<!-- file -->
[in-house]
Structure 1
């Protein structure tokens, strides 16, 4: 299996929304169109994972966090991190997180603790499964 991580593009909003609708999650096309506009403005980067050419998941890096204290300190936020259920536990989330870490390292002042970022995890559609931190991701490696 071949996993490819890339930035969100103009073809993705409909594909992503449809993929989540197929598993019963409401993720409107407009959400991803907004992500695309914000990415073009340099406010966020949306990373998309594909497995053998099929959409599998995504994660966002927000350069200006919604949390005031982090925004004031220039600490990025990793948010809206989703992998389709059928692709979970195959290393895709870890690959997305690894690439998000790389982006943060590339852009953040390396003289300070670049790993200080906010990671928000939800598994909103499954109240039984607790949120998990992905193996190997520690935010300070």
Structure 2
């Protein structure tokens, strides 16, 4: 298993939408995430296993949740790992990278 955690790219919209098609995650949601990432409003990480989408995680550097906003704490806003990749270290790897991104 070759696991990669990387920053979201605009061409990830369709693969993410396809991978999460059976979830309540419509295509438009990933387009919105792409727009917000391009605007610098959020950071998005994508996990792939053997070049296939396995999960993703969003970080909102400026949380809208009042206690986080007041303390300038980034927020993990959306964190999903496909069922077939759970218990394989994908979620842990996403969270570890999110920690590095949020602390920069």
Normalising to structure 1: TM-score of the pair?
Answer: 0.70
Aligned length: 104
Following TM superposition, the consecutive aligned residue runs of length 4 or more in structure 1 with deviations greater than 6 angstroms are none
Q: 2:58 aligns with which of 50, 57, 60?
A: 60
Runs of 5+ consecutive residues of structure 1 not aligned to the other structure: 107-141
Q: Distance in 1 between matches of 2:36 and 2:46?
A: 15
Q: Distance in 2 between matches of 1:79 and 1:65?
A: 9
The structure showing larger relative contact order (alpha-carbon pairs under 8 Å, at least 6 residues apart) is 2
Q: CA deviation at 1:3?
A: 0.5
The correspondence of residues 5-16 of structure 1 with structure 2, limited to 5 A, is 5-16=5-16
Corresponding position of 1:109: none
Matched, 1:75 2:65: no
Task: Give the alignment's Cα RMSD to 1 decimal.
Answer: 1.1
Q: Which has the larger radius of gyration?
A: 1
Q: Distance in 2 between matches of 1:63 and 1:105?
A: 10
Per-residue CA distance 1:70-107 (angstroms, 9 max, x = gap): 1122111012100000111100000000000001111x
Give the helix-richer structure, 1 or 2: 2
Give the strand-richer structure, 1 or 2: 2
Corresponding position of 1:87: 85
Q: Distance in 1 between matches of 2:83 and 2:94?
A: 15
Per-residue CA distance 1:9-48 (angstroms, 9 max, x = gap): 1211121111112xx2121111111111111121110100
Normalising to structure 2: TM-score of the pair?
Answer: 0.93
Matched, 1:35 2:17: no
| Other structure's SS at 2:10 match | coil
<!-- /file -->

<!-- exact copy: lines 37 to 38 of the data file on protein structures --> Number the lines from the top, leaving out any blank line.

Answer: 0.93
Matched, 1:35 2:17: no